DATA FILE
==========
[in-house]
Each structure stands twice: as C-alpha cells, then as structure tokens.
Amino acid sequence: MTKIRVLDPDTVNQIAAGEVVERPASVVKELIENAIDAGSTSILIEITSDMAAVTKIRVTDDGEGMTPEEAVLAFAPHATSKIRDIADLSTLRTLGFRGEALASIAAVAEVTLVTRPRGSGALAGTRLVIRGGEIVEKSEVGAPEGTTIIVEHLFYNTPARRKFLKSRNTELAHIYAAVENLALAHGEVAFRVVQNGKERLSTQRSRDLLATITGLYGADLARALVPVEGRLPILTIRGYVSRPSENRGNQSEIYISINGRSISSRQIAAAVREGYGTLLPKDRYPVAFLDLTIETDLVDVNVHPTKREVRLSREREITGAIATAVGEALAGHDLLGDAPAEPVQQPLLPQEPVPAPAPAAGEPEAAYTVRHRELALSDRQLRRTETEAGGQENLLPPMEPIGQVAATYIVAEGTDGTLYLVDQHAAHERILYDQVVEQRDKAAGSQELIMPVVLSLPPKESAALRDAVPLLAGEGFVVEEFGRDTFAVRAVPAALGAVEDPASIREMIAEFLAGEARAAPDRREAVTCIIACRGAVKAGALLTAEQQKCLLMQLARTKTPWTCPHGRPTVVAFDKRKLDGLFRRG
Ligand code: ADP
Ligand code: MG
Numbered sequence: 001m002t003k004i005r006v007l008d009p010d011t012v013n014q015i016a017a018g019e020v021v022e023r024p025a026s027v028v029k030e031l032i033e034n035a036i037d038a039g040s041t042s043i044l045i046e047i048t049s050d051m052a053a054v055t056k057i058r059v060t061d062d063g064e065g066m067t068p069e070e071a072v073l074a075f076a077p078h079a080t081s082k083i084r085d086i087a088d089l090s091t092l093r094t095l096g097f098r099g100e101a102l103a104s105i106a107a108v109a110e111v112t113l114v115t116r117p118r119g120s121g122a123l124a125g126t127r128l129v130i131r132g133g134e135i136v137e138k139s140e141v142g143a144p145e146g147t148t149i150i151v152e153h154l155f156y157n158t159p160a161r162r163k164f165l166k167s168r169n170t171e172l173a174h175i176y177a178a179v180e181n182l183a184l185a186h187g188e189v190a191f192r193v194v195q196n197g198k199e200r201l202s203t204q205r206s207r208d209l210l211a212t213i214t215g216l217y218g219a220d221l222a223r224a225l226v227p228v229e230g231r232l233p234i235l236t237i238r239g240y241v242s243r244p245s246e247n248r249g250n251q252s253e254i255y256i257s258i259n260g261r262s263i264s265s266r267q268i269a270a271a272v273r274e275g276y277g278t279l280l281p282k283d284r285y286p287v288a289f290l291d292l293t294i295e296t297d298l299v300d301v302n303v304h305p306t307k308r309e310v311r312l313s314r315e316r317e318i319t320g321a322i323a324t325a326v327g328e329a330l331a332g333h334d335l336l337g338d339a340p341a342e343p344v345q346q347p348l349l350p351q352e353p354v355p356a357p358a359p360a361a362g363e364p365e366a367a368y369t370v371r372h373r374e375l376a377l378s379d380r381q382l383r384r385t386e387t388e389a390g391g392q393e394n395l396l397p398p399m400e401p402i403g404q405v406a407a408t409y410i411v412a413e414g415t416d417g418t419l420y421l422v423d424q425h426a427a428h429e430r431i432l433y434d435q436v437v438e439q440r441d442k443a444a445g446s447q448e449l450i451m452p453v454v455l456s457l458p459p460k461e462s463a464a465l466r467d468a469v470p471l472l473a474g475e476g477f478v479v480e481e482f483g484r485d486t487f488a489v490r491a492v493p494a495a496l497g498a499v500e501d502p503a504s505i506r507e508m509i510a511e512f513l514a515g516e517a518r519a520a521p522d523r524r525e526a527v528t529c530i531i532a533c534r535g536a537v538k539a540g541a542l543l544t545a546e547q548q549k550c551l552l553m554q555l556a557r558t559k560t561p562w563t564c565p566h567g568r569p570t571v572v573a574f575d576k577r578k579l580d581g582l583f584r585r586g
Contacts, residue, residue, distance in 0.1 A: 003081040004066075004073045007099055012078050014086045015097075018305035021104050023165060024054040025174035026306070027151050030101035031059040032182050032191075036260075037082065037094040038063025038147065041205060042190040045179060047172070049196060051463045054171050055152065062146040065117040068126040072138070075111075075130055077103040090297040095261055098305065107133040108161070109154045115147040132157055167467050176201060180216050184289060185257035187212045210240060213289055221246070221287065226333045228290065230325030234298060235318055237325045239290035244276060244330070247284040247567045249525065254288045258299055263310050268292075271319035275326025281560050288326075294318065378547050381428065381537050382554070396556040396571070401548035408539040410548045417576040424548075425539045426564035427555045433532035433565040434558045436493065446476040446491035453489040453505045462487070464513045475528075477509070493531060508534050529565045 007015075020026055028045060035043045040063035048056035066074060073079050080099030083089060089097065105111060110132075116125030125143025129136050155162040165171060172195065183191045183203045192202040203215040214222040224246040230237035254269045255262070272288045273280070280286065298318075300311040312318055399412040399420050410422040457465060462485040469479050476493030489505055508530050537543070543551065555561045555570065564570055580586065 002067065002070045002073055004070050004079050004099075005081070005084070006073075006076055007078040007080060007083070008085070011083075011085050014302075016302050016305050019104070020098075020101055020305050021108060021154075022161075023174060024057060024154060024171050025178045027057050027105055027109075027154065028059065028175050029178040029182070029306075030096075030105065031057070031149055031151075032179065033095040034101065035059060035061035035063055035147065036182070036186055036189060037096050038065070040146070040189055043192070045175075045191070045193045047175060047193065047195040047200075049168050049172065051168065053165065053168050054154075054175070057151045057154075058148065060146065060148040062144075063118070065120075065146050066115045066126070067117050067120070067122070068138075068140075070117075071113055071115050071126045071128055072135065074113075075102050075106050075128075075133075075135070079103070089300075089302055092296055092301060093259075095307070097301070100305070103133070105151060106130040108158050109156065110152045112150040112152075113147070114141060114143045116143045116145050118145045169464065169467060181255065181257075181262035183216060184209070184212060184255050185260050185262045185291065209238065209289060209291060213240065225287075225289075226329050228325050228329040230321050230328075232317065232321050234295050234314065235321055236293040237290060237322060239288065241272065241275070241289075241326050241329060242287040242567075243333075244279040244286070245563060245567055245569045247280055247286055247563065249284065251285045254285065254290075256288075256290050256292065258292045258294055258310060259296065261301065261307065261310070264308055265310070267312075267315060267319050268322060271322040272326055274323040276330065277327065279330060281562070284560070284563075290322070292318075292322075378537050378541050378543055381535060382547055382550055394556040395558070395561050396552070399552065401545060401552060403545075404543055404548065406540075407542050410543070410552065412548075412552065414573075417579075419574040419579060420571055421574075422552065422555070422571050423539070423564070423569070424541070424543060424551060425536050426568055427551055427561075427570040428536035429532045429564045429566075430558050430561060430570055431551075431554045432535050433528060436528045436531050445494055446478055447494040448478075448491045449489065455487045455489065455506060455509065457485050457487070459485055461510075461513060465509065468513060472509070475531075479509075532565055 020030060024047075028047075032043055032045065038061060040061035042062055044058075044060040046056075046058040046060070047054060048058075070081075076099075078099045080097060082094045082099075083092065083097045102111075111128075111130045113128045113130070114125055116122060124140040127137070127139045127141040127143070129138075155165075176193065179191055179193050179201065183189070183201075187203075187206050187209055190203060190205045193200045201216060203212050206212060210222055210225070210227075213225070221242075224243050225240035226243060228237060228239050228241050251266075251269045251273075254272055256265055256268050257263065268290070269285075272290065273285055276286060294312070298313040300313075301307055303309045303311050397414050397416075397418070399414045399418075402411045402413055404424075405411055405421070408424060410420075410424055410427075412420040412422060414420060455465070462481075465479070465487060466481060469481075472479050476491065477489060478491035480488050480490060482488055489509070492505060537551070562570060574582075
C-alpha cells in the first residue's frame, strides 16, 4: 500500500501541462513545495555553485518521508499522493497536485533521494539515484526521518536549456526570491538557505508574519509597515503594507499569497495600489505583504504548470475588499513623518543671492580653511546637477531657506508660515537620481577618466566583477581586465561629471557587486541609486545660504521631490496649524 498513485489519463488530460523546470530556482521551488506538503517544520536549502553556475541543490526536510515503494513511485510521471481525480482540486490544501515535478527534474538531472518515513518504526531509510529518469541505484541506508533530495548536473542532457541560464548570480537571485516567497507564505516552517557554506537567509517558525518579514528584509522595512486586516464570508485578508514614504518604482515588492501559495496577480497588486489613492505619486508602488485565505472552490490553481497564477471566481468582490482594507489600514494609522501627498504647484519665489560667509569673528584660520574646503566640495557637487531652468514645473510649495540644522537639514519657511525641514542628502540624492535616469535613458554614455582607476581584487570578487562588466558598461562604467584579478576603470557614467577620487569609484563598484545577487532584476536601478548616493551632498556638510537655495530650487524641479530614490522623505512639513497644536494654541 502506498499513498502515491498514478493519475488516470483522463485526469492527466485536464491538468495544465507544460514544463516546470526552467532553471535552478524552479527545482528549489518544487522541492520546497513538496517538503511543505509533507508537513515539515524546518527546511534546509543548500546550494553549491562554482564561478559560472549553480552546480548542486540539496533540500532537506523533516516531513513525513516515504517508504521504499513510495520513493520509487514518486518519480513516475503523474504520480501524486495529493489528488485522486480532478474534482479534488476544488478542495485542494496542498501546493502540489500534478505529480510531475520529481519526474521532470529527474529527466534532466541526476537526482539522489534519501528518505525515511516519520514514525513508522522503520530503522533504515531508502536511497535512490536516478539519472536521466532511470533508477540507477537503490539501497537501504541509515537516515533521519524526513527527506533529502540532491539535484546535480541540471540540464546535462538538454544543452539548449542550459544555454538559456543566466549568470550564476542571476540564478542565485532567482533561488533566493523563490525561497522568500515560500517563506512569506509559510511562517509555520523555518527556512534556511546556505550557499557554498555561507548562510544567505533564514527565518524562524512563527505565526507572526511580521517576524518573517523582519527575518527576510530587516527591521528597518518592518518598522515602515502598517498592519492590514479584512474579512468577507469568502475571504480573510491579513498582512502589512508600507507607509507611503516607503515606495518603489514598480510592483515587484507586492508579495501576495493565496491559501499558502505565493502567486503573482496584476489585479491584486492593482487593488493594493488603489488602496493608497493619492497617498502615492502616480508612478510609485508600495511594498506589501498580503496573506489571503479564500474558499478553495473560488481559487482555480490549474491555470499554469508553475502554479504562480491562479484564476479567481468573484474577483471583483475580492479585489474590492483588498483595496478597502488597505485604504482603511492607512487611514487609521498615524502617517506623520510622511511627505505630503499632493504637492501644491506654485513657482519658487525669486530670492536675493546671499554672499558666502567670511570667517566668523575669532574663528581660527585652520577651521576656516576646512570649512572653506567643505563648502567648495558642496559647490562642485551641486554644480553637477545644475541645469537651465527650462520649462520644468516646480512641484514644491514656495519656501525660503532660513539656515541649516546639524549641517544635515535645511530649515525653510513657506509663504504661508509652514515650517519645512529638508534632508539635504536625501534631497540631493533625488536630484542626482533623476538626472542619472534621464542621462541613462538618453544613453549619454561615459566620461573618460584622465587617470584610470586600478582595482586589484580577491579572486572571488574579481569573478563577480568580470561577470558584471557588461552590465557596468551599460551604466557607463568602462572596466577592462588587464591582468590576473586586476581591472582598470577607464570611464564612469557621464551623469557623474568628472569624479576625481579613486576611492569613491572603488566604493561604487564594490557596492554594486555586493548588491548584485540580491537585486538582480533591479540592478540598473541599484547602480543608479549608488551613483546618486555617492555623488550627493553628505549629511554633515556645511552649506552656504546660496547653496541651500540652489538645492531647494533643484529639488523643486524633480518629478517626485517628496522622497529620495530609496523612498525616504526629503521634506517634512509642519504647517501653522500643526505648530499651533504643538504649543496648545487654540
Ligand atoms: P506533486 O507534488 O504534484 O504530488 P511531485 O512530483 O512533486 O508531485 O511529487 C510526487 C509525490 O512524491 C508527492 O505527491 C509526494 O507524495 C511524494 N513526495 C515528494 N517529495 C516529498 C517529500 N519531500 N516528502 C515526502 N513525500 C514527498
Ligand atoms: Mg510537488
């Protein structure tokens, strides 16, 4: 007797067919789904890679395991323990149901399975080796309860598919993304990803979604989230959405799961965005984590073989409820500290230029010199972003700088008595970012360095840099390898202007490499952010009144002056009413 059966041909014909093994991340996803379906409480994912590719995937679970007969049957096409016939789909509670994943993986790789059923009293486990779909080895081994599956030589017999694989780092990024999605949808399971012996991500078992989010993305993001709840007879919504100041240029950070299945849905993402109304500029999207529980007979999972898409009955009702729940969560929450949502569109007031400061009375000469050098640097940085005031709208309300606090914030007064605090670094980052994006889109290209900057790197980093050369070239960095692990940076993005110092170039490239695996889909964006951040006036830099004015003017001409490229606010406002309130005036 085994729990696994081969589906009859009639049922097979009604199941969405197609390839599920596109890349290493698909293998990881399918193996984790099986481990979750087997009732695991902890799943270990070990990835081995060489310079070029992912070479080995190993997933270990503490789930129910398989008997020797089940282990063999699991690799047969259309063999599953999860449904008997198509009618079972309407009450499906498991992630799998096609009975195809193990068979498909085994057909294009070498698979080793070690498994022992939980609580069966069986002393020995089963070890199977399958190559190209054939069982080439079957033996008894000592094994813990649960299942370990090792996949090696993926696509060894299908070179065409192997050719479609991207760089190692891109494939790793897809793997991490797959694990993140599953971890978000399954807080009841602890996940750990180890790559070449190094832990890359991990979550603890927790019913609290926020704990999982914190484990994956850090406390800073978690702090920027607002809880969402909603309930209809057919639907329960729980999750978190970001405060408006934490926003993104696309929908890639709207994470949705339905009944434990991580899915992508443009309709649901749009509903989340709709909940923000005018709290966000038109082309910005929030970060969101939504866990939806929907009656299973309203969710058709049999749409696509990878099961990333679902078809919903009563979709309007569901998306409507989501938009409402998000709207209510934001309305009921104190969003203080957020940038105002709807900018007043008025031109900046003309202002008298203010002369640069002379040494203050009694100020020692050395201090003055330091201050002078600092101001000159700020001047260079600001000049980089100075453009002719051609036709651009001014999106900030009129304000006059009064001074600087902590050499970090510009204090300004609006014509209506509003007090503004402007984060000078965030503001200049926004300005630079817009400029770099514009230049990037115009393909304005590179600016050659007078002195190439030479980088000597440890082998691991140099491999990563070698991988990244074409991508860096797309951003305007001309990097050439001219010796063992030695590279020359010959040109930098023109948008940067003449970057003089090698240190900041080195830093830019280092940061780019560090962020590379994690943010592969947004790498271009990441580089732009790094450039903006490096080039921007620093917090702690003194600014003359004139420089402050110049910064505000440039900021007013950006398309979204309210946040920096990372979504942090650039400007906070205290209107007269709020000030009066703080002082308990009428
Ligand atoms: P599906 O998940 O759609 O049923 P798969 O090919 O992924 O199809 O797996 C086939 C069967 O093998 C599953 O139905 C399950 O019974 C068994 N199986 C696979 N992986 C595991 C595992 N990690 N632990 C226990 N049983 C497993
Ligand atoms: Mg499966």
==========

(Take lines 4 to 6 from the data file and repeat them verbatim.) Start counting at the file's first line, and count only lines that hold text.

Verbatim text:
Ligand code: ADP
Ligand code: MG
Numbered sequence: 001m002t003k004i005r006v007l008d009p010d011t012v013n014q015i016a017a018g019e020v021v022e023r024p025a026s027v028v029k030e031l032i033e034n035a036i037d038a039g040s041t042s043i044l045i046e047i048t049s050d051m052a053a054v055t056k057i058r059v060t061d062d063g064e065g066m067t068p069e070e071a072v073l074a075f076a077p078h079a080t081s082k083i084r085d086i087a088d089l090s091t092l093r094t095l096g097f098r099g100e101a102l103a104s105i106a107a108v109a110e111v112t113l114v115t116r117p118r119g120s121g122a123l124a125g126t127r128l129v130i131r132g133g134e135i136v137e138k139s140e141v142g143a144p145e146g147t148t149i150i151v152e153h154l155f156y157n158t159p160a161r162r163k164f165l166k167s168r169n170t171e172l173a174h175i176y177a178a179v180e181n182l183a184l185a186h187g188e189v190a191f192r193v194v195q196n197g198k199e200r201l202s203t204q205r206s207r208d209l210l211a212t213i214t215g216l217y218g219a220d221l222a223r224a225l226v227p228v229e230g231r232l233p234i235l236t237i238r239g240y241v242s243r244p245s246e247n248r249g250n251q252s253e254i255y256i257s258i259n260g261r262s263i264s265s266r267q268i269a270a271a272v273r274e275g276y277g278t279l280l281p282k283d284r285y286p287v288a289f290l291d292l293t294i295e296t297d298l299v300d301v302n303v304h305p306t307k308r309e310v311r312l313s314r315e316r317e318i319t320g321a322i323a324t325a326v327g328e329a330l331a332g333h334d335l336l337g338d339a340p341a342e343p344v345q346q347p348l349l350p351q352e353p354v355p356a357p358a359p360a361a362g363e364p365e366a367a368y369t370v371r372h373r374e375l376a377l378s379d380r381q382l383r384r385t386e387t388e389a390g391g392q393e394n395l396l397p398p399m400e401p402i403g404q405v406a407a408t409y410i411v412a413e414g415t416d417g418t419l420y421l422v423d424q425h426a427a428h429e430r431i432l433y434d435q436v437v438e439q440r441d442k443a444a445g446s447q448e449l450i451m452p453v454v455l456s457l458p459p460k461e462s463a464a465l466r467d468a469v470p471l472l473a474g475e476g477f478v479v480e481e482f483g484r485d486t487f488a489v490r491a492v493p494a495a496l497g498a499v500e501d502p503a504s505i506r507e508m509i510a511e512f513l514a515g516e517a518r519a520a521p522d523r524r525e526a527v528t529c530i531i532a533c534r535g536a537v538k539a540g541a542l543l544t545a546e547q548q549k550c551l552l553m554q555l556a557r558t559k560t561p562w563t564c565p566h567g568r569p570t571v572v573a574f575d576k577r578k579l580d581g582l583f584r585r586g